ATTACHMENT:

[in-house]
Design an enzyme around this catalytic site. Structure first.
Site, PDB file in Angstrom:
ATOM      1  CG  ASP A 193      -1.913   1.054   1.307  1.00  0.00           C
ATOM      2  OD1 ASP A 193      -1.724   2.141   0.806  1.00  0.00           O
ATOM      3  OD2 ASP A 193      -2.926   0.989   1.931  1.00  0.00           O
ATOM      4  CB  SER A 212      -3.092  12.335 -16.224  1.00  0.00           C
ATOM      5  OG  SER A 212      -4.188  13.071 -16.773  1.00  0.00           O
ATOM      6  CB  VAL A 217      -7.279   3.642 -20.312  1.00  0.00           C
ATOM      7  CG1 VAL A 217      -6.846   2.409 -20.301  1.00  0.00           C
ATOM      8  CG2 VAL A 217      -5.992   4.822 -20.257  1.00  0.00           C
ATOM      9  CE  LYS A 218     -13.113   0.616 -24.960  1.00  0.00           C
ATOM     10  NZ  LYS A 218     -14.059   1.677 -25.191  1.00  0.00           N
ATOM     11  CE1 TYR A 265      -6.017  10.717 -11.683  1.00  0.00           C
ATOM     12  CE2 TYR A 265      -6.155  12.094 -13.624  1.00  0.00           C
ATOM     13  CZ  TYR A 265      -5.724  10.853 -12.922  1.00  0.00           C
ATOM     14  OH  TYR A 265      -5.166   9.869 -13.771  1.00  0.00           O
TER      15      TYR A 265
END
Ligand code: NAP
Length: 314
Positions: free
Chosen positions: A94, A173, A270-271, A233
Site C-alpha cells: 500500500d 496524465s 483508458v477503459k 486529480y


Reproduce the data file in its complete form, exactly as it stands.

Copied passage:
[in-house]
Design an enzyme around this catalytic site. Structure first.
Site, PDB file in Angstrom:
ATOM      1  CG  ASP A 193      -1.913   1.054   1.307  1.00  0.00           C
ATOM      2  OD1 ASP A 193      -1.724   2.141   0.806  1.00  0.00           O
ATOM      3  OD2 ASP A 193      -2.926   0.989   1.931  1.00  0.00           O
ATOM      4  CB  SER A 212      -3.092  12.335 -16.224  1.00  0.00           C
ATOM      5  OG  SER A 212      -4.188  13.071 -16.773  1.00  0.00           O
ATOM      6  CB  VAL A 217      -7.279   3.642 -20.312  1.00  0.00           C
ATOM      7  CG1 VAL A 217      -6.846   2.409 -20.301  1.00  0.00           C
ATOM      8  CG2 VAL A 217      -5.992   4.822 -20.257  1.00  0.00           C
ATOM      9  CE  LYS A 218     -13.113   0.616 -24.960  1.00  0.00           C
ATOM     10  NZ  LYS A 218     -14.059   1.677 -25.191  1.00  0.00           N
ATOM     11  CE1 TYR A 265      -6.017  10.717 -11.683  1.00  0.00           C
ATOM     12  CE2 TYR A 265      -6.155  12.094 -13.624  1.00  0.00           C
ATOM     13  CZ  TYR A 265      -5.724  10.853 -12.922  1.00  0.00           C
ATOM     14  OH  TYR A 265      -5.166   9.869 -13.771  1.00  0.00           O
TER      15      TYR A 265
END
Ligand code: NAP
Length: 314
Positions: free
Chosen positions: A94, A173, A270-271, A233
Site C-alpha cells: 500500500d 496524465s 483508458v477503459k 486529480y